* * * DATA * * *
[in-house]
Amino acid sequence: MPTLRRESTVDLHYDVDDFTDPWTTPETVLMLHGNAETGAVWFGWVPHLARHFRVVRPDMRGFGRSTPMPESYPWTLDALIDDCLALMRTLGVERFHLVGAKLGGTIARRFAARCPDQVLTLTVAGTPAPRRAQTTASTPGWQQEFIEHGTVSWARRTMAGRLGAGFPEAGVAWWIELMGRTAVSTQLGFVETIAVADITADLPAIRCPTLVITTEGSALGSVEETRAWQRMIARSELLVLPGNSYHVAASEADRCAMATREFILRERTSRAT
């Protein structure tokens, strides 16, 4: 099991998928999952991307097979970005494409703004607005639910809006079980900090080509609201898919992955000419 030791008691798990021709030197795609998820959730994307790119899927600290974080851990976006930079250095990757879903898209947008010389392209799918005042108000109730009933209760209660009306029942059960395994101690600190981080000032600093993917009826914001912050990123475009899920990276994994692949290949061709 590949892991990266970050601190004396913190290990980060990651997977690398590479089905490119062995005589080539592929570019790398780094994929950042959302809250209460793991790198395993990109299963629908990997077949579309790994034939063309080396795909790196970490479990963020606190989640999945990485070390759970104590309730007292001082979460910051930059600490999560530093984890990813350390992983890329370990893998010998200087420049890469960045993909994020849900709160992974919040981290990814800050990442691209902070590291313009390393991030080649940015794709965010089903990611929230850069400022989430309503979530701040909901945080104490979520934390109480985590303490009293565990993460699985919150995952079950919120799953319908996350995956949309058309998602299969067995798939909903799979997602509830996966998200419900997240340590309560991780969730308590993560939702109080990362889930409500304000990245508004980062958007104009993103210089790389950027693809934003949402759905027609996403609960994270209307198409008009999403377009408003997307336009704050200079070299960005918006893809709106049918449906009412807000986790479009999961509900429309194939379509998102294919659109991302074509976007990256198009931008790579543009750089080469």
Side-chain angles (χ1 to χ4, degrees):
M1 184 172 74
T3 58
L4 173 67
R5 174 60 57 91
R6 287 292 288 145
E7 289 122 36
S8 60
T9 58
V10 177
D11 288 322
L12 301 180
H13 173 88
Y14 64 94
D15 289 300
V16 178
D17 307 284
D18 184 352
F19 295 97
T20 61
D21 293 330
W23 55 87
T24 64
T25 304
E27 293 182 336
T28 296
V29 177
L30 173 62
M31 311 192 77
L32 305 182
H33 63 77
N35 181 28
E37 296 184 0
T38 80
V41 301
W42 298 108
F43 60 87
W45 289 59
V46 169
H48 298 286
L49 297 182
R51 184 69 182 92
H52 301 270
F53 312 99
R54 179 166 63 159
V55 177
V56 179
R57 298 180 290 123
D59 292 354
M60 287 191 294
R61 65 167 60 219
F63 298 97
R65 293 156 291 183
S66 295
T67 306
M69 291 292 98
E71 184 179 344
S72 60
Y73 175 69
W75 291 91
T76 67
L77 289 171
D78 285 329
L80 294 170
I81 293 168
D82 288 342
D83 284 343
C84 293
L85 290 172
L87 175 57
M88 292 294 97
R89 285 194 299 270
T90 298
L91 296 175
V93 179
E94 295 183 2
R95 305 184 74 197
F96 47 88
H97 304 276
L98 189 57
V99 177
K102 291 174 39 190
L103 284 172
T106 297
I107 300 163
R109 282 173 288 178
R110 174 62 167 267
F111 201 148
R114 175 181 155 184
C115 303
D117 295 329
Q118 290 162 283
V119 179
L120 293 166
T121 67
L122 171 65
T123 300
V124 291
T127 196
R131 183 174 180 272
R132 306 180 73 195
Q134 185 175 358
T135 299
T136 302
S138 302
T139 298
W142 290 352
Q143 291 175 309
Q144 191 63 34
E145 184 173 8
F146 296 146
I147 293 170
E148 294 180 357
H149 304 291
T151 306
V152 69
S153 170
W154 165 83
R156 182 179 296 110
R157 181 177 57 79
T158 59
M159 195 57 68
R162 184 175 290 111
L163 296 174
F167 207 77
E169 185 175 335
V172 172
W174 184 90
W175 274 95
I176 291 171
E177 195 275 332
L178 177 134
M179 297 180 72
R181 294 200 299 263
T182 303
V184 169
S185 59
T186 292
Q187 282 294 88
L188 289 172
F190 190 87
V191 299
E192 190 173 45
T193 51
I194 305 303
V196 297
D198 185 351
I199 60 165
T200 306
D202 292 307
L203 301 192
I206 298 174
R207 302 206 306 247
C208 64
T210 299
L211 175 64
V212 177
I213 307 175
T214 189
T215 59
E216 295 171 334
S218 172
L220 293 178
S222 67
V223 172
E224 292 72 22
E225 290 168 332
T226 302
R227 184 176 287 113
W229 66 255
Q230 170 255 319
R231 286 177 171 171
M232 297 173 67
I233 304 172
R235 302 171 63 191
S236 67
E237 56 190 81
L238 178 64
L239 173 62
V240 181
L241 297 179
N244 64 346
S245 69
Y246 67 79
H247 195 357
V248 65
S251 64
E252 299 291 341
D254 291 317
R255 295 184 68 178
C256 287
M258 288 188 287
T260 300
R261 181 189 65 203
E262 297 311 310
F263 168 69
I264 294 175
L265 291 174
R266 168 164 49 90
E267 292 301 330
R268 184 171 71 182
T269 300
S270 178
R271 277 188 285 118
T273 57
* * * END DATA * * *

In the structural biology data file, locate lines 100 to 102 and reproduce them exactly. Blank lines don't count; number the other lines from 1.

T123 300
V124 291
T127 196